Menu Skip to content

Jenny Saville

Oxyrhynchus

June 13–July 26, 2014
Britannia Street, London

Installation video

Installation video

Installation view © Jenny Saville. Photo: Mike Bruce

Installation view

© Jenny Saville. Photo: Mike Bruce

Installation view © Jenny Saville. Photo: Mike Bruce

Installation view

© Jenny Saville. Photo: Mike Bruce

Installation view © Jenny Saville. Photo: Mike Bruce

Installation view

© Jenny Saville. Photo: Mike Bruce

Installation view © Jenny Saville. Photo: Mike Bruce

Installation view

© Jenny Saville. Photo: Mike Bruce

Installation view © Jenny Saville. Photo: Mike Bruce

Installation view

© Jenny Saville. Photo: Mike Bruce

Installation view © Jenny Saville. Photo: Mike Bruce

Installation view

© Jenny Saville. Photo: Mike Bruce

Installation view © Jenny Saville. Photo: Mike Bruce

Installation view

© Jenny Saville. Photo: Mike Bruce

Installation view © Jenny Saville. Photo: Mike Bruce

Installation view

© Jenny Saville. Photo: Mike Bruce

Installation view © Jenny Saville. Photo: Mike Bruce

Installation view

© Jenny Saville. Photo: Mike Bruce

Installation view © Jenny Saville. Photo: Mike Bruce

Installation view

© Jenny Saville. Photo: Mike Bruce

Installation view © Jenny Saville. Photo: Mike Bruce

Installation view

© Jenny Saville. Photo: Mike Bruce

Works Exhibited

Jenny Saville, Untitled, 2014 Pastel and charcoal on canvas, 66 ⅞ × 98 ⅜ inches (170 × 250 cm)© Jenny Saville. Photo: Mike Bruce

Jenny Saville, Untitled, 2014

Pastel and charcoal on canvas, 66 ⅞ × 98 ⅜ inches (170 × 250 cm)
© Jenny Saville. Photo: Mike Bruce

Jenny Saville, In the realm of the Mothers III, 2014 Pastel, charcoal, and oil on canvas, 94 ½ × 144 ⅛ inches (240 × 366 cm)© Jenny Saville. Photo: Mike Bruce

Jenny Saville, In the realm of the Mothers III, 2014

Pastel, charcoal, and oil on canvas, 94 ½ × 144 ⅛ inches (240 × 366 cm)
© Jenny Saville. Photo: Mike Bruce

Jenny Saville, Odalisque, 2012–14 Oil and charcoal on canvas, 85 ⅜ × 93 ⅛ inches (217 × 236.5 cm)© Jenny Saville. Photo:​ Mike Bruce

Jenny Saville, Odalisque, 2012–14

Oil and charcoal on canvas, 85 ⅜ × 93 ⅛ inches (217 × 236.5 cm)
© Jenny Saville. Photo: Mike Bruce

Jenny Saville, In the realm of the Mothers I, 2012–14 Charcoal on canvas, 98 ⅜ × 130 ¾ × 2 inches (249.8 × 332.2 × 5 cm)© Jenny Saville. Photo: Mike Bruce

Jenny Saville, In the realm of the Mothers I, 2012–14

Charcoal on canvas, 98 ⅜ × 130 ¾ × 2 inches (249.8 × 332.2 × 5 cm)
© Jenny Saville. Photo: Mike Bruce

Jenny Saville, Intertwine, 2011–14 Oil on canvas, 86 ⅜ × 114 ⅛ × 2 ½ inches (219.5 × 290 × 6.5 cm)© Jenny Saville. Photo: Mike Bruce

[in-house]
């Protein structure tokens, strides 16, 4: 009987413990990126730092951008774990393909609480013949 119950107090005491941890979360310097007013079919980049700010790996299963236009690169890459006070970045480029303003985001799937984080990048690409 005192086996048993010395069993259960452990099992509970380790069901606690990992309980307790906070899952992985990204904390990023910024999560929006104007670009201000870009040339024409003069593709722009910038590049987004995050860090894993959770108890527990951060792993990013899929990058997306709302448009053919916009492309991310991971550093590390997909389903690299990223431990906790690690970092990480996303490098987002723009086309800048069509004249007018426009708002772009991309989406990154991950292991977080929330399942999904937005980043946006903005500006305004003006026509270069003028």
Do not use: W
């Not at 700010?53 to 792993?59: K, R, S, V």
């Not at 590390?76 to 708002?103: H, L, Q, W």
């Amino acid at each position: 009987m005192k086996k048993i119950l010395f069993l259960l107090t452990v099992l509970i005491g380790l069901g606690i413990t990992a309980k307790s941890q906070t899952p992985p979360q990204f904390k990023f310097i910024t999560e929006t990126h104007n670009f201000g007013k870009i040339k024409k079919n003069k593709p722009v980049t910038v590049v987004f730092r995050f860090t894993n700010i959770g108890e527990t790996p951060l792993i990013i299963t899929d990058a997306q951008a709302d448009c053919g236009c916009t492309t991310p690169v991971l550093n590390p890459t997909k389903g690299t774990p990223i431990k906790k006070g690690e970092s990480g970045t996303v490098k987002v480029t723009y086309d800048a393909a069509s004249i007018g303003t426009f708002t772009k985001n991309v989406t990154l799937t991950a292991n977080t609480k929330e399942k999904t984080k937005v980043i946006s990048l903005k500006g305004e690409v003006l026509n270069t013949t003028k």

Jenny Saville, Intertwine, 2011–14

Oil on canvas, 86 ⅜ × 114 ⅛ × 2 ½ inches (219.5 × 290 × 6.5 cm)
© Jenny Saville. Photo: Mike Bruce

About

Gagosian is pleased to present the first-ever solo exhibition of Jenny Saville’s paintings in London.

Captivated by the endless aesthetic and formal possibilities of the materiality of the human body, Saville makes a highly sensuous and tactile impression of surface and mass in her monumental oil paintings. Subjects are imbued with a sculptural yet elusive dimensionality that verges on the abstract. In recent paintings, she renews her enduring figurative investigations by depicting bodies embracing and intertwined.

Several new works are inspired by the ancient Egyptian rubbish dump at Oxyrhynchus, one of the most important archeological sites ever discovered. Heaps of discarded documents and literature, incredibly preserved in the area’s dry climate, are now invaluable; fragments of ancient Greek texts such as Euclid’s Elements and the poems of Sappho are among the excavated papyri. Saville alludes to this history through a deep layering of paired subjects: faces, torsos, and limbs overlap with shadows and reflections, palimpsests of living bodies and ancestral apparitions. Silhouettes drawn in charcoal through the surfaces of oil paint underscore the motion of the central embracing figures, while evoking the timeless human process of sketching. These intermediate “studies” echo the shifting status of the unearthed papers—once discarded, now treasured.

Time is further compressed by Saville’s adaptation of various historical approaches to portraiture, including de Kooning’s fluid abstractions of the female figure, the almost combined couples of Picasso’s late paintings and Japanese shunga prints, and Titian’s placement of subjects within dramatic perspectival landscapes, exemplified by Nymph and Shepherd (c. 1570–75). Saville’s own figures merge ethereally with settings that have been loosely appropriated from photographs and evoke the backdrops of Renaissance paintings.

Read more

From the Quarterly